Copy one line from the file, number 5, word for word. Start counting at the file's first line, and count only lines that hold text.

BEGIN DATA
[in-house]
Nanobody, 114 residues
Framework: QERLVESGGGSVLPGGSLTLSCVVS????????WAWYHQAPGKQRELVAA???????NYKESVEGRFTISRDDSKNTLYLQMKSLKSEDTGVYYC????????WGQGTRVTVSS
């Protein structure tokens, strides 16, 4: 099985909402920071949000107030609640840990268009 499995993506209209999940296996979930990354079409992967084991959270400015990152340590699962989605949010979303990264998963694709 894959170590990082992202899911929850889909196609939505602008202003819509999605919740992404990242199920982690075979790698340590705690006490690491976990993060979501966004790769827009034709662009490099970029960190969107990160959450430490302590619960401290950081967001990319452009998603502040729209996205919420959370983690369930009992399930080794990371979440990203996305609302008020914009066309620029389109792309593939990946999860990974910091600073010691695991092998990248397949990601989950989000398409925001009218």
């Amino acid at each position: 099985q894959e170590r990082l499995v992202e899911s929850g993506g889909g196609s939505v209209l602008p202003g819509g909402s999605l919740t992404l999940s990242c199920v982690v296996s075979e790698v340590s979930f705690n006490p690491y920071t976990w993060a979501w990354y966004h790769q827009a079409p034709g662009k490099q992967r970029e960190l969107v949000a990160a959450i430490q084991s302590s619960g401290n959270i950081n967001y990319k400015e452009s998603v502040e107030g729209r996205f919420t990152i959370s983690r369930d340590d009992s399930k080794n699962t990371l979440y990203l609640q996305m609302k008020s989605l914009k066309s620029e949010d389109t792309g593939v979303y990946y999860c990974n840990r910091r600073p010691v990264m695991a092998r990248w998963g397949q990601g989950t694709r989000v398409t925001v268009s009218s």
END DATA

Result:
């Amino acid at each position: 099985q894959e170590r990082l499995v992202e899911s929850g993506g889909g196609s939505v209209l602008p202003g819509g909402s999605l919740t992404l999940s990242c199920v982690v296996s075979e790698v340590s979930f705690n006490p690491y920071t976990w993060a979501w990354y966004h790769q827009a079409p034709g662009k490099q992967r970029e960190l969107v949000a990160a959450i430490q084991s302590s619960g401290n959270i950081n967001y990319k400015e452009s998603v502040e107030g729209r996205f919420t990152i959370s983690r369930d340590d009992s399930k080794n699962t990371l979440y990203l609640q996305m609302k008020s989605l914009k066309s620029e949010d389109t792309g593939v979303y990946y999860c990974n840990r910091r600073p010691v990264m695991a092998r990248w998963g397949q990601g989950t694709r989000v398409t925001v268009s009218s």